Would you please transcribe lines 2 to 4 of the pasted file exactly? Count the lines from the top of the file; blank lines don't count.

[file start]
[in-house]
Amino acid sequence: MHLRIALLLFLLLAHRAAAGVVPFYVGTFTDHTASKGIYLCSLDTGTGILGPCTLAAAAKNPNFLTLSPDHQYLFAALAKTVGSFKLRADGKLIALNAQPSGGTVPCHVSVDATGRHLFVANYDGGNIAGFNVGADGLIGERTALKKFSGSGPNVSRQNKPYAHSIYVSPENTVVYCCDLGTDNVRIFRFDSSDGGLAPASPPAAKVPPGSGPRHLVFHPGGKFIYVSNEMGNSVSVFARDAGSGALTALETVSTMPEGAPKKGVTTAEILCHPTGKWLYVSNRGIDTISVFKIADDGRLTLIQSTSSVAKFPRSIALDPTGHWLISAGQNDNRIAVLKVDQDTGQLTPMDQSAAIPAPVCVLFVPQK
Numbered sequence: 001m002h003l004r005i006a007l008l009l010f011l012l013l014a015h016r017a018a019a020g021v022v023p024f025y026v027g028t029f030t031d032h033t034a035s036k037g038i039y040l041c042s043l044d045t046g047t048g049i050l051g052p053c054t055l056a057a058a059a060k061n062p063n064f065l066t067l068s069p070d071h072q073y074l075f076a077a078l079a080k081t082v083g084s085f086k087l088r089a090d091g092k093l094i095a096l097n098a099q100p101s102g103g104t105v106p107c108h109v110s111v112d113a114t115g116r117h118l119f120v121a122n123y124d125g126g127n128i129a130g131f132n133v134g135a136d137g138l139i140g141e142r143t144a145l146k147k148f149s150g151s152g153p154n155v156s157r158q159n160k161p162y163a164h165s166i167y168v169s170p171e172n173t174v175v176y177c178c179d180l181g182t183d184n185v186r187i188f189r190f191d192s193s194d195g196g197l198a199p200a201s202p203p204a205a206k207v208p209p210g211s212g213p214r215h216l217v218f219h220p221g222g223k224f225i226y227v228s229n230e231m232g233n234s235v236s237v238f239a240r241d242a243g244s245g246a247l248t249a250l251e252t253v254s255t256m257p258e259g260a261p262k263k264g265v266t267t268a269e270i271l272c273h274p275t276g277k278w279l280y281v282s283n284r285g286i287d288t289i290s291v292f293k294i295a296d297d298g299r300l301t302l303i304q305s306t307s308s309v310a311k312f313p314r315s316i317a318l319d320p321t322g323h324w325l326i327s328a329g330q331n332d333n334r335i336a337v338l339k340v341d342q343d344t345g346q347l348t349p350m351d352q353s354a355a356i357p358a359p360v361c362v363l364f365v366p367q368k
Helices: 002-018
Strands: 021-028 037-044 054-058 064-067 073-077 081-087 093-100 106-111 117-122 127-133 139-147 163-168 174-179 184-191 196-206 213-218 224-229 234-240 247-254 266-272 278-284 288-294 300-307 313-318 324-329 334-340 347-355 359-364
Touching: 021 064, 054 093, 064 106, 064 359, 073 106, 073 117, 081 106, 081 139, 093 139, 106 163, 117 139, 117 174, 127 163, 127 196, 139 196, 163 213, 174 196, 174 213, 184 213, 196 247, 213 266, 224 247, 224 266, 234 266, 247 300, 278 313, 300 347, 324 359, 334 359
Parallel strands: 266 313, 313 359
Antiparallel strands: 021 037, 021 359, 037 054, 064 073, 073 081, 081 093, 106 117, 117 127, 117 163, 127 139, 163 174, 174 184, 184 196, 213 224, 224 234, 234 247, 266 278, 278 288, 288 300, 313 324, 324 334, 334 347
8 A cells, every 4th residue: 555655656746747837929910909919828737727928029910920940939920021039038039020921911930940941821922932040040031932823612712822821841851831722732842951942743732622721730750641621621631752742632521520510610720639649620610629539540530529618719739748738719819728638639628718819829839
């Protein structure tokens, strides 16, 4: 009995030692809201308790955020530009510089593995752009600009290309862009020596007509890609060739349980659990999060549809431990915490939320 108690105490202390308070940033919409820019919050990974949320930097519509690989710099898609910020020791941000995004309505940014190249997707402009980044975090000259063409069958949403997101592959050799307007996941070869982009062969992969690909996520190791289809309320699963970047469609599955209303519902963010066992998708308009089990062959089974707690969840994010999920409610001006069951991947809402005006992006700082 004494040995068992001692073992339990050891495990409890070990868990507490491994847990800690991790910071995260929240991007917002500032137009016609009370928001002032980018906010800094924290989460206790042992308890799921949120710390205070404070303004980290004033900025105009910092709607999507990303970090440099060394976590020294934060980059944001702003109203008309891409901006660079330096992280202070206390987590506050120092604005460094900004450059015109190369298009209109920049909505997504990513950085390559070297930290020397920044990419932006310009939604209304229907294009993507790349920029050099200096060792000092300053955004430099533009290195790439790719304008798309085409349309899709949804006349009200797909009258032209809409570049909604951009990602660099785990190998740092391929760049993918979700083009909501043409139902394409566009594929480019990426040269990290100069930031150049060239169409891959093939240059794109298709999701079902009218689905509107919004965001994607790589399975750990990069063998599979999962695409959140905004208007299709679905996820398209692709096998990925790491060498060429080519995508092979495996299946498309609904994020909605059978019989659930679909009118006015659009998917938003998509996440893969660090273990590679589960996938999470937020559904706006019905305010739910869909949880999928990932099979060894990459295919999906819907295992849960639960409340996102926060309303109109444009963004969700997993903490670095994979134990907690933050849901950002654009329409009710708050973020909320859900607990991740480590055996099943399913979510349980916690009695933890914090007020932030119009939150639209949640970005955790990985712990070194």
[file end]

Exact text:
Amino acid sequence: MHLRIALLLFLLLAHRAAAGVVPFYVGTFTDHTASKGIYLCSLDTGTGILGPCTLAAAAKNPNFLTLSPDHQYLFAALAKTVGSFKLRADGKLIALNAQPSGGTVPCHVSVDATGRHLFVANYDGGNIAGFNVGADGLIGERTALKKFSGSGPNVSRQNKPYAHSIYVSPENTVVYCCDLGTDNVRIFRFDSSDGGLAPASPPAAKVPPGSGPRHLVFHPGGKFIYVSNEMGNSVSVFARDAGSGALTALETVSTMPEGAPKKGVTTAEILCHPTGKWLYVSNRGIDTISVFKIADDGRLTLIQSTSSVAKFPRSIALDPTGHWLISAGQNDNRIAVLKVDQDTGQLTPMDQSAAIPAPVCVLFVPQK
Numbered sequence: 001m002h003l004r005i006a007l008l009l010f011l012l013l014a015h016r017a018a019a020g021v022v023p024f025y026v027g028t029f030t031d032h033t034a035s036k037g038i039y040l041c042s043l044d045t046g047t048g049i050l051g052p053c054t055l056a057a058a059a060k061n062p063n064f065l066t067l068s069p070d071h072q073y074l075f076a077a078l079a080k081t082v083g084s085f086k087l088r089a090d091g092k093l094i095a096l097n098a099q100p101s102g103g104t105v106p107c108h109v110s111v112d113a114t115g116r117h118l119f120v121a122n123y124d125g126g127n128i129a130g131f132n133v134g135a136d137g138l139i140g141e142r143t144a145l146k147k148f149s150g151s152g153p154n155v156s157r158q159n160k161p162y163a164h165s166i167y168v169s170p171e172n173t174v175v176y177c178c179d180l181g182t183d184n185v186r187i188f189r190f191d192s193s194d195g196g197l198a199p200a201s202p203p204a205a206k207v208p209p210g211s212g213p214r215h216l217v218f219h220p221g222g223k224f225i226y227v228s229n230e231m232g233n234s235v236s237v238f239a240r241d242a243g244s245g246a247l248t249a250l251e252t253v254s255t256m257p258e259g260a261p262k263k264g265v266t267t268a269e270i271l272c273h274p275t276g277k278w279l280y281v282s283n284r285g286i287d288t289i290s291v292f293k294i295a296d297d298g299r300l301t302l303i304q305s306t307s308s309v310a311k312f313p314r315s316i317a318l319d320p321t322g323h324w325l326i327s328a329g330q331n332d333n334r335i336a337v338l339k340v341d342q343d344t345g346q347l348t349p350m351d352q353s354a355a356i357p358a359p360v361c362v363l364f365v366p367q368k
Helices: 002-018